More than 700 people, including several staff members, have tested positive for COVID-19 on Terminal Island in Los Angeles. At least nine have died.

This crisis need never to have reached such horrific proportions. Through a series of unconscionable delays, blunders, and failures to follow official guidelines, the situation grew unimaginably worse. And still, prison officials refuse to take adequate remedial actions, including those approved by the U.S. Congress and Attorney General’s office.

Prison officials’ deliberate indifference has endangered the lives of the people imprisoned in Terminal Island, including those who have high risk health conditions. 

The only true remedy is to reduce the prison populations to allow for adequate social distancing and sufficient access to medical care during the pandemic. That’s impossible under current conditions in these crowded low- and medium-security facilities where much of daily life — including meals and lining up for medical care — is communal, and bunk beds are only three-to-four feet apart. Taking measures on behalf of people incarcerated on Terminal Island is especially critical because the low-security prison is specifically for those with medical and mental health conditions.

This lawsuit asks the court to direct the Terminal Island prison to decarcerate during the pandemic people who have vulnerable medical conditions that could lead to serious illness or death from COVID-19 infections. Exceptions would be individuals who pose serious flight risks or danger to others.

For those who remain, the lawsuit asks that the prisons provide adequate spacing for six feet or more of social distancing. It also asks that people receive, without charge, individual supplies of hand soap and paper towels, and access to hand sanitizer, daily showers, and daily clean laundry, plus other measures.

The class action lawsuits were filed on behalf of several named plaintiffs, including:

  • Lance Wilson, 35, who has hypertension and asthma. On May 6, he tested positive for COVID-19 and suffers from body chills, night sweats, and migraines, but has not been allowed access to a home confinement application.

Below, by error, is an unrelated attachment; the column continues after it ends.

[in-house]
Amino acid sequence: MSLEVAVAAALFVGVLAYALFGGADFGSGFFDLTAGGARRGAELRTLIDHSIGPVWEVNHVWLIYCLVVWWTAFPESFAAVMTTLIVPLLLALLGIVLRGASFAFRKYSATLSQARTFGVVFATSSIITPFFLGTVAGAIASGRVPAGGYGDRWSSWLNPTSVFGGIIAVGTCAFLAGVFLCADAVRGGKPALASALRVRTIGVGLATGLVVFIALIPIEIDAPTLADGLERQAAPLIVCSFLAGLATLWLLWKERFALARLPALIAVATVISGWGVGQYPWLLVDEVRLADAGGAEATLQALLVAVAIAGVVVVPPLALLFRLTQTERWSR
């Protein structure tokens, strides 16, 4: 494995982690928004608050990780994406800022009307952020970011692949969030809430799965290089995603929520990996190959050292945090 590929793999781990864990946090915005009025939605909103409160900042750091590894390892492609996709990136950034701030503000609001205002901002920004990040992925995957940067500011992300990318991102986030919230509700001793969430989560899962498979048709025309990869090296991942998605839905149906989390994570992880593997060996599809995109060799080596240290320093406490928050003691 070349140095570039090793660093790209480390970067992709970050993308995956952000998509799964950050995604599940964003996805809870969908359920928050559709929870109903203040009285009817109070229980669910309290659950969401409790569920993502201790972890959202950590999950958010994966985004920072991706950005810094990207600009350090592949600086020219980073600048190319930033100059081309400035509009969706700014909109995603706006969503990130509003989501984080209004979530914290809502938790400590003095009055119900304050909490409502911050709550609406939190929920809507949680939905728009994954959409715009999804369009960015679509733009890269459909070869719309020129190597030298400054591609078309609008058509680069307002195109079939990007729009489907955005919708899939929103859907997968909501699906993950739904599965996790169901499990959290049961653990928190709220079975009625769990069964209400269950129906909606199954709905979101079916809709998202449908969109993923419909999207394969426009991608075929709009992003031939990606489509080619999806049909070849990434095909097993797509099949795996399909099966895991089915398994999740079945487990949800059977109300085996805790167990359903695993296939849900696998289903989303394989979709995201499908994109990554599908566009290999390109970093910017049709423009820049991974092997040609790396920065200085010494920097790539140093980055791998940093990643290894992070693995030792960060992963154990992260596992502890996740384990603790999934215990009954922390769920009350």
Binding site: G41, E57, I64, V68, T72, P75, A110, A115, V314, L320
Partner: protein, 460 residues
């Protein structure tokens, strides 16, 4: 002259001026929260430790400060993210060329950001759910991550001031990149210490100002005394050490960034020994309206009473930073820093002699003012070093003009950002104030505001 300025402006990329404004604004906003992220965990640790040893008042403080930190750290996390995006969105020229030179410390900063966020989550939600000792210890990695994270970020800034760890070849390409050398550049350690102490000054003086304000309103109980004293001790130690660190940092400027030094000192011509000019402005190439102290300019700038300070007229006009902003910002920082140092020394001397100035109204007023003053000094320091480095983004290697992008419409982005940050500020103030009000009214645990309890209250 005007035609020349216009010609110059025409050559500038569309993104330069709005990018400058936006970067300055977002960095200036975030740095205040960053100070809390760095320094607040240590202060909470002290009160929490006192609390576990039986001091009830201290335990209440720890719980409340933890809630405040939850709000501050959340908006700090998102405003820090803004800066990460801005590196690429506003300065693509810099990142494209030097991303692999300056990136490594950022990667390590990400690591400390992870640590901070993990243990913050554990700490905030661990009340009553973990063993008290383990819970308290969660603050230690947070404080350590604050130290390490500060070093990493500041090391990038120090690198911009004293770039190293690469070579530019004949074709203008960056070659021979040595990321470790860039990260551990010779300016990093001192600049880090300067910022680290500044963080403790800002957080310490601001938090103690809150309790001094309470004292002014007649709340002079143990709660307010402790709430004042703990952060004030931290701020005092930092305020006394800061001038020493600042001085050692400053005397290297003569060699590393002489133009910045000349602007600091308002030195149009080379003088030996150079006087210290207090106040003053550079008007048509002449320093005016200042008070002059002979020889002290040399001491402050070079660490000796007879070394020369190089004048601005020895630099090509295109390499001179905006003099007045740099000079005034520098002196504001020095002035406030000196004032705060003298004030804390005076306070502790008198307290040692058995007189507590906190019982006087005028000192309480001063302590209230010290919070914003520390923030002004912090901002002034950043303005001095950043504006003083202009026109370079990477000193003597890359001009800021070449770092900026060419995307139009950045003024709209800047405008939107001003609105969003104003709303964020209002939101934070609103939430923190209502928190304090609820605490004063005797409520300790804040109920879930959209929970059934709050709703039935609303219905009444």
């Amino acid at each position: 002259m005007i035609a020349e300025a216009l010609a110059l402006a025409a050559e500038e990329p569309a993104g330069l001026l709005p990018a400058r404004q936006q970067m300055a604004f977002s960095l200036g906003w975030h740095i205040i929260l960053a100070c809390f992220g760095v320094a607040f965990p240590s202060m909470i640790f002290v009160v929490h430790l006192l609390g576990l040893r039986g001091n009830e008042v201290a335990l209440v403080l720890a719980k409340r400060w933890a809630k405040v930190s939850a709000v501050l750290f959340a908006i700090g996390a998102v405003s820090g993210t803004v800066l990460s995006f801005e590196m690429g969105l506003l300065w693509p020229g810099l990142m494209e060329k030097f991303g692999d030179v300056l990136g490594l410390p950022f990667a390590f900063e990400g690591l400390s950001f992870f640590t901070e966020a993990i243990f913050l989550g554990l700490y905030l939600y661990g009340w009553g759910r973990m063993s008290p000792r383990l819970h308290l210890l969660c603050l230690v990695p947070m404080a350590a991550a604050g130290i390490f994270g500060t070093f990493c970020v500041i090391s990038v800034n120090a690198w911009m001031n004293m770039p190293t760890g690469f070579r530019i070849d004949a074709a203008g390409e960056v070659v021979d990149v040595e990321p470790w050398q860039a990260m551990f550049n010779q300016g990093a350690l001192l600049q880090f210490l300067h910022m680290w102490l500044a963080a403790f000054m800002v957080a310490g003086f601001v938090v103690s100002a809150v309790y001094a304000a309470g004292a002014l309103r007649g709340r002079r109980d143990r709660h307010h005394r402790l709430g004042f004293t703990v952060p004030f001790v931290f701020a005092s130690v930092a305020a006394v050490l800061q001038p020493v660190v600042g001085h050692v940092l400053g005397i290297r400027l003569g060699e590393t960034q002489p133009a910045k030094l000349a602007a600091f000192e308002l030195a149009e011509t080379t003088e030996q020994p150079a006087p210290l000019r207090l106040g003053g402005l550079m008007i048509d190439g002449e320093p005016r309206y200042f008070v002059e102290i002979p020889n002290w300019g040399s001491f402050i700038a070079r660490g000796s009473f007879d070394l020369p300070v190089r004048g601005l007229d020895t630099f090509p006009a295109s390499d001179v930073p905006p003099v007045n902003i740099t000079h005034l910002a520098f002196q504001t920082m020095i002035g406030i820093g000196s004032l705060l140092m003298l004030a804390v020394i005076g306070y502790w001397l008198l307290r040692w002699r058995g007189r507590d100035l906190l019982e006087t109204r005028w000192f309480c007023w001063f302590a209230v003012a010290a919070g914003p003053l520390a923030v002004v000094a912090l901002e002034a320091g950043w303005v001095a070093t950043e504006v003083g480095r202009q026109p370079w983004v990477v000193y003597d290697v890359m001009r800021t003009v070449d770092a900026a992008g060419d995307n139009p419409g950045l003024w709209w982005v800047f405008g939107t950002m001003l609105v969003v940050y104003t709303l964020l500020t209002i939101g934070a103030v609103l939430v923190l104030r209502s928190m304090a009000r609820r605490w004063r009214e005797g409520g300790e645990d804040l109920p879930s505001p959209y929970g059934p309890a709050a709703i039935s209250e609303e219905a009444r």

• Maurice Smith, 50, who has hypertension and asthma, and is pre-diabetic. When COVID-19 broke out at the prison he was transferred to a space in a vermin-infested warehouse with no heating, potable water, or hot water for showers to keep himself clean.

Do you have information to share about a loved one held at a BOP facility at Terminal Island or Lompoc? Please fill out our questionnaire.

Case Developments

August 24, 2020
The court-appointed expert, Dr. Michael Rowe, conducted a site visit to FCI Terminal Island and reviewed extensive records, including medical records of inmates, and prepared a report on the conditions and the BOP’s handling of COVID-19 at the facility. Read Dr. Rowe’s report.

July 14, 2020
The Court ultimately did not order a process for placing more prisoners on home confinement or accelerating compassionate release. It did, however, make a preliminary finding that serious constitutional violations were occurring and ordered that an expert conduct a site visit to inspect the alleged constitutional violations. The appointed expert is Dr. Michael Rowe, and the site visit is to occur on or before August 3, 2020. Read the order.

June 10, 2020
The court issued an Order Denying Plaintiffs’ Application for a Temporary Restraining Order. Read the order.

May 16, 2020
The American Civil Liberties Union Foundation of Southern California, the Prison Law Office, and the law firm Bird Marella filed this class-action lawsuit in U.S. District Court in Los Angeles on behalf of people incarcerated in the Federal Correctional Institution on Terminal Island. Read the complaint here.


Bird, Marella, Boxer, Wolpert, Nessim, Drooks, Lincenberg & Rhow, P.C.; Prison Law Office; ACLU Foundation of Southern California

Date filed

May 16, 2020


United States District Court Central District of California, Western Division



Case number